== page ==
How to solve HTTP Error 500 After installing a plugin on a WordPress website

When you get a ‘HTTP Error 500′ when trying to access your website, it is an indication that your website server is work but there is a misconfiguration in your website file/s.

You can learn more about several types of  HTTP Error 500 on this elaborate post by

There are many reasons why this could occur but on this article we will look at HTTP Error 500 caused after installing a plugin on a WordPress website.

This is a common issue with our clients.

For this to work you will need access to your hosting account file manager either web-based or through FTP.

A file manager manages and organizes your website files.

Though not necessary I recommend you learn the basic WordPress file structure which you can learn more through this article by

However, this is going to be an easy to follow tutorial.

Let’s get into it.

If your website has been working perfectly and suddenly after installing a plugin your website crashes, it means your plugin is not compatible with the current wordpress versionor its conflicting with an existing plugin causing the error.

Most of the time when this error show up, you cant access wp-admin for your website which means you cannot deactivate the just installed plugin.

So, what do you do?

1. Access website file manager

This is where having access to your file manager is important.

You can access file manager through FTP or web-based solutions such as Cpanel

2. Go to the Wp-content > Plugins folder

Go to the wp-content folder in your website server then to the plugins folder.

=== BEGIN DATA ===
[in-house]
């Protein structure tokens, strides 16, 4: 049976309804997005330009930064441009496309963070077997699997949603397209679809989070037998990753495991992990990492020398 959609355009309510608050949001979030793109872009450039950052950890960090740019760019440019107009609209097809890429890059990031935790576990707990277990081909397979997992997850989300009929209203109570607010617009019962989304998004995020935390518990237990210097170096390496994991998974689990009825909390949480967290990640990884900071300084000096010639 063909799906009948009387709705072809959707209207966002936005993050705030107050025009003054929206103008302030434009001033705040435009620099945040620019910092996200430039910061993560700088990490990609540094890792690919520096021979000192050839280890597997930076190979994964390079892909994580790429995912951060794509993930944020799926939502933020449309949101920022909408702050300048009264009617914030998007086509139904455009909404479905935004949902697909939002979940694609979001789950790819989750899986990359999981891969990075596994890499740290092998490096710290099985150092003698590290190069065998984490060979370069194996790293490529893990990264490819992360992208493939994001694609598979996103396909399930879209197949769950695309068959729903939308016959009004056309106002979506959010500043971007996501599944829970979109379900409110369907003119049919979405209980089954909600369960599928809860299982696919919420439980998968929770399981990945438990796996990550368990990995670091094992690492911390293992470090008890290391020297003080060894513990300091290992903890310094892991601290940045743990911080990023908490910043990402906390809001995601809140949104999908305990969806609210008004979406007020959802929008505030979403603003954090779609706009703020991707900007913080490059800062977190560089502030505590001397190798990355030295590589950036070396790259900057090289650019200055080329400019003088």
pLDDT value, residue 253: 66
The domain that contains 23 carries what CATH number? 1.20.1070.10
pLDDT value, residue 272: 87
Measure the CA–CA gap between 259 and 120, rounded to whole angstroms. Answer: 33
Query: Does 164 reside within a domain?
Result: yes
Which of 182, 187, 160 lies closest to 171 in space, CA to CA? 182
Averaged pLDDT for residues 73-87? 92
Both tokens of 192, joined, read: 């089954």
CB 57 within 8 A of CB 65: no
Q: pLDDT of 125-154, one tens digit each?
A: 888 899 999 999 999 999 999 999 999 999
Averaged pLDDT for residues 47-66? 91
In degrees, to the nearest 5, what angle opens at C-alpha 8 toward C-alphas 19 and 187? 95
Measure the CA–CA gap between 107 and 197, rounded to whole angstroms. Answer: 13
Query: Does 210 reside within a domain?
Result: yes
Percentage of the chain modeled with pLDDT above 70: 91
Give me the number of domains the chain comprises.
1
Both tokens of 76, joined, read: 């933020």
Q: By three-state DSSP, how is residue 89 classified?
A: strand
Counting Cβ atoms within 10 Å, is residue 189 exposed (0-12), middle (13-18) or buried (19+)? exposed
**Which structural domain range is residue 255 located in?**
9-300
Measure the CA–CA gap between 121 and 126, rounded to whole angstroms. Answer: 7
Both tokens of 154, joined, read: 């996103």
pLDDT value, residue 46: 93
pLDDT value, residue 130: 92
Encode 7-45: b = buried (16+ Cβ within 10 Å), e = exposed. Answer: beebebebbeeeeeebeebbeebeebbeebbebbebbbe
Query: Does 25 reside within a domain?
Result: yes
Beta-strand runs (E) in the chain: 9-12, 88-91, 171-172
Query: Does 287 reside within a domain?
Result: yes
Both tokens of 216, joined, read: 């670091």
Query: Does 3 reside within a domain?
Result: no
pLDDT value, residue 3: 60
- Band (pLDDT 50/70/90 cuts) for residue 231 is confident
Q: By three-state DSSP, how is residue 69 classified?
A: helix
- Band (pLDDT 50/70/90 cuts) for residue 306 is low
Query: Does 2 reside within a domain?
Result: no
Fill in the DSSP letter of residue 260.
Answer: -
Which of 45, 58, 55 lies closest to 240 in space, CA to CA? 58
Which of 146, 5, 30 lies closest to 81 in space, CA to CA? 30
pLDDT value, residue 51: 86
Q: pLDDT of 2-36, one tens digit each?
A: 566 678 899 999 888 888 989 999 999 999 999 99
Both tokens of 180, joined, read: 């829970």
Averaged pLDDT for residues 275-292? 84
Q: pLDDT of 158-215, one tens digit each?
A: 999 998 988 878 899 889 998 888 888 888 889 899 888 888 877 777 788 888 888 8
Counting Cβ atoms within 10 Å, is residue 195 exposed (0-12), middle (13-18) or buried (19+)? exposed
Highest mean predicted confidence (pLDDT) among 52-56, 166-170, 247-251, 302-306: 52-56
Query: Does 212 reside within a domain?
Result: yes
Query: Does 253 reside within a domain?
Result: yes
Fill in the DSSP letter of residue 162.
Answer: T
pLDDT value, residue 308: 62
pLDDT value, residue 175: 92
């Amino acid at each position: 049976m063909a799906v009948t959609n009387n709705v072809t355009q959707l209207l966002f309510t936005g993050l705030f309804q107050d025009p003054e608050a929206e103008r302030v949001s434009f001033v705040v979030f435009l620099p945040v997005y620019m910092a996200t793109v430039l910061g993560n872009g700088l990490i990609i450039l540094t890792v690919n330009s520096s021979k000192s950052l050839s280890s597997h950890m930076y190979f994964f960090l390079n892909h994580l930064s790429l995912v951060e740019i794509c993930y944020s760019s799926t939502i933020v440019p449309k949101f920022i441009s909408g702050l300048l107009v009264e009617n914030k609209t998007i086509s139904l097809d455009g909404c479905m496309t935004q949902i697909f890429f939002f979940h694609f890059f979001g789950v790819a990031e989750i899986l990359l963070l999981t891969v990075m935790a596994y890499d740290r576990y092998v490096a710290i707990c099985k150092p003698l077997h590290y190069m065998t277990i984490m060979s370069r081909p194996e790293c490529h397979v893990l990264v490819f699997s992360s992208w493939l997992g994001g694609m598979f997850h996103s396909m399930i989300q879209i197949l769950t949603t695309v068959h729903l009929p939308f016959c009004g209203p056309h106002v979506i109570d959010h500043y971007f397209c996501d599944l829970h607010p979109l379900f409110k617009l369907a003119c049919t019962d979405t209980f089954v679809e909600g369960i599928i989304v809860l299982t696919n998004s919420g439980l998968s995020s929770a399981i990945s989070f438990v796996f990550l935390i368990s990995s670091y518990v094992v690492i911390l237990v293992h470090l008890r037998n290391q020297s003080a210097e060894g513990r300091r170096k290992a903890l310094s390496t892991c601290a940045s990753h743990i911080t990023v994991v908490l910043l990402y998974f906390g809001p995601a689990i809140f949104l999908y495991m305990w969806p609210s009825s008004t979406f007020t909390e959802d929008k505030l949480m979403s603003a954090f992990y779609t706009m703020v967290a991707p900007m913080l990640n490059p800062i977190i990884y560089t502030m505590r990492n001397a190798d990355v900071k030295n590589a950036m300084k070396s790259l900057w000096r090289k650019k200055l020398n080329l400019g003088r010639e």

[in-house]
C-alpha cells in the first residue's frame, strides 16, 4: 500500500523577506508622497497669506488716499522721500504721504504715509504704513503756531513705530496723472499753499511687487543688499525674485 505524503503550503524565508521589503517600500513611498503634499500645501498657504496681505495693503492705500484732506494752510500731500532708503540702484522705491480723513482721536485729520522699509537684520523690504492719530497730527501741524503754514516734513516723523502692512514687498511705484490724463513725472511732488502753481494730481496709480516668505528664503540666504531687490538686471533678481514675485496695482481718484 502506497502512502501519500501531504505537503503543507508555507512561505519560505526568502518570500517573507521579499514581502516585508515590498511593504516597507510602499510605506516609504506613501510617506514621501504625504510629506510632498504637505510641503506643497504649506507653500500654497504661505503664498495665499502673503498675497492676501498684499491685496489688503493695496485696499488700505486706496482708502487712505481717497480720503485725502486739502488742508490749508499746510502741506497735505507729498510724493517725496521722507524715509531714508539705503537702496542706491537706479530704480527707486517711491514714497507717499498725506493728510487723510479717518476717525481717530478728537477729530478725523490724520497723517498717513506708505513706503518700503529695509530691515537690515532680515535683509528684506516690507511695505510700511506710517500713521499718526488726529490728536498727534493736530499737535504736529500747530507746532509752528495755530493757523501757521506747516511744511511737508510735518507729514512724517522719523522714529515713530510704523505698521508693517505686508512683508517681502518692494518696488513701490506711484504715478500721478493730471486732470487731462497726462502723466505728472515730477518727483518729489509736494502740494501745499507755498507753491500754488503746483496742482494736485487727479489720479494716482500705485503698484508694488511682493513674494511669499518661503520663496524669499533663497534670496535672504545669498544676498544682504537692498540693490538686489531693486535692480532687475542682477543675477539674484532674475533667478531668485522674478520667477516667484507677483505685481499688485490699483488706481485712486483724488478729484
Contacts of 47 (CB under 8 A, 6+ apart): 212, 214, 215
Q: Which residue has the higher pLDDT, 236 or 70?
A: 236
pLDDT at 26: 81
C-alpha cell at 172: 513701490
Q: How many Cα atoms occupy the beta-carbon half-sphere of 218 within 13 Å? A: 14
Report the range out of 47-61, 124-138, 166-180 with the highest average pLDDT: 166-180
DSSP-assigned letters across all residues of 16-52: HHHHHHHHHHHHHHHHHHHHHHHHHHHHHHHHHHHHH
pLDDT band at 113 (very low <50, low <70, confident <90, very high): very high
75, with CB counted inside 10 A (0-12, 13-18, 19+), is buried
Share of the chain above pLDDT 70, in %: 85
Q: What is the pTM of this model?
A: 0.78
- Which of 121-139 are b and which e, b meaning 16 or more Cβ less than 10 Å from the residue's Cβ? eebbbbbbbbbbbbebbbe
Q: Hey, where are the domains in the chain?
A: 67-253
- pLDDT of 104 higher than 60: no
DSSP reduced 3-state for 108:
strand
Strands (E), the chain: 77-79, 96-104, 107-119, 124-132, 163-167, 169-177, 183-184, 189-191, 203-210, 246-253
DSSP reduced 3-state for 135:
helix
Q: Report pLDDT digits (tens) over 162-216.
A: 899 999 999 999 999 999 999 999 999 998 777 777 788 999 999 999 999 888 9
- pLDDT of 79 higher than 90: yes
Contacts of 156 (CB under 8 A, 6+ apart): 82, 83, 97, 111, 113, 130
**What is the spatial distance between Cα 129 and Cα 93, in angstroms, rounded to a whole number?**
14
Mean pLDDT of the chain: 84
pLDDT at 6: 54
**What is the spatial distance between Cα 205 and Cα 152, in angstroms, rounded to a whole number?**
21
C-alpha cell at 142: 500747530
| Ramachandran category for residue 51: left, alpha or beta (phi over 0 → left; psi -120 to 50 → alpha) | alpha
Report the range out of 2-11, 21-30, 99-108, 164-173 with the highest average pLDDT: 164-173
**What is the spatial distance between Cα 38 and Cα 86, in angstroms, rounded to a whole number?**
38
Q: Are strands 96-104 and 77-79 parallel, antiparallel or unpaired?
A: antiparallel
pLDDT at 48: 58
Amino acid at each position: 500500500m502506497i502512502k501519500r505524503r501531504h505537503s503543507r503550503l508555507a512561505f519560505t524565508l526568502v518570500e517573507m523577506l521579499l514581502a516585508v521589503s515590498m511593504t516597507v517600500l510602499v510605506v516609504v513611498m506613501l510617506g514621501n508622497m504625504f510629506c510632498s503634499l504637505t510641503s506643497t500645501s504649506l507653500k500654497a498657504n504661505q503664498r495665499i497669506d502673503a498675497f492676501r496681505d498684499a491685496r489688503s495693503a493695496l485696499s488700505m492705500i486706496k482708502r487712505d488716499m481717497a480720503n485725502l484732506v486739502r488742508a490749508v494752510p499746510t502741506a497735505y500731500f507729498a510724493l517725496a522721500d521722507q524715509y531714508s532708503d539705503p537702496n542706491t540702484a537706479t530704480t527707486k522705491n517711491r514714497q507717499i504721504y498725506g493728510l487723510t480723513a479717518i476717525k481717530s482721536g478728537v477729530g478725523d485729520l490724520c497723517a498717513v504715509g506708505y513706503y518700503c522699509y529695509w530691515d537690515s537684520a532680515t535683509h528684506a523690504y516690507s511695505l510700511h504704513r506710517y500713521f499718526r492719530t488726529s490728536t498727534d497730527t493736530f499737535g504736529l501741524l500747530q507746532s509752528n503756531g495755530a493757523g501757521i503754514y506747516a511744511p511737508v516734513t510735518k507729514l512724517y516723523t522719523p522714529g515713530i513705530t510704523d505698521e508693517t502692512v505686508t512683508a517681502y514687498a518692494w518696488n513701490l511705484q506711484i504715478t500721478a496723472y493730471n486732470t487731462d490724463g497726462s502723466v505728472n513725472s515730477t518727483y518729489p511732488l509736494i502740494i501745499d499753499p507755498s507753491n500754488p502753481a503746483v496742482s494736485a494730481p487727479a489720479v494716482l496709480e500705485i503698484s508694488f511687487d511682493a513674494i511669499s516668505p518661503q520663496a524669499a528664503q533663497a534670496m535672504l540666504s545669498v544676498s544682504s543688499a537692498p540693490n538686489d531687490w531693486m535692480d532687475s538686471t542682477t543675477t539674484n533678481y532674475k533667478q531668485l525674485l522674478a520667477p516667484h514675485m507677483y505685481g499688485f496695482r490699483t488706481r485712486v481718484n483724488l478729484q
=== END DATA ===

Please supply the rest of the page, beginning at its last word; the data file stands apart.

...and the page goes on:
Every plugin you install on your website a corresponding folder with the plugin name is created in the plugins folder.

3. Locate the plugin you recently installed 

Locate the plugin you recently installed.

If you are not sure, most host provider file manager allows you to sort the folder based on the last modified. This will help identify the recently added folder.

4. Rename recently installed plugin folder

Once you identify the plugin folder rename it.

For instance, if the plugin folder is called xyz you could just rename it to xyz1 or similar.

Quick tip. Keep the original plugin name when renaming to avoid confusion.

5. Plugin successfully disabled.

Once you rename a plugin WordPress automatically disables it and that way you will get rid of the annoying error and gain access to your website.

When you log in to your website as the admin you will be notified that your plugin has been disabled.

You can now delete the plugin from your website or seek for help from the plugin developer on how to resolve the issue.


When your website crashes after installing a plugin and locks you out of the wp-admin,  it means the new plugin is conflicting with WordPress core system or a plugin.

You need to deactivate or remove the new plugin.

To do this locate the specific plugin folder from wp-content>plugins folder and rename it, this will automatically deactivate the plugin.

Am sure there are so many ways to solve the same problem.

How do you solve this problem on your website or client website?

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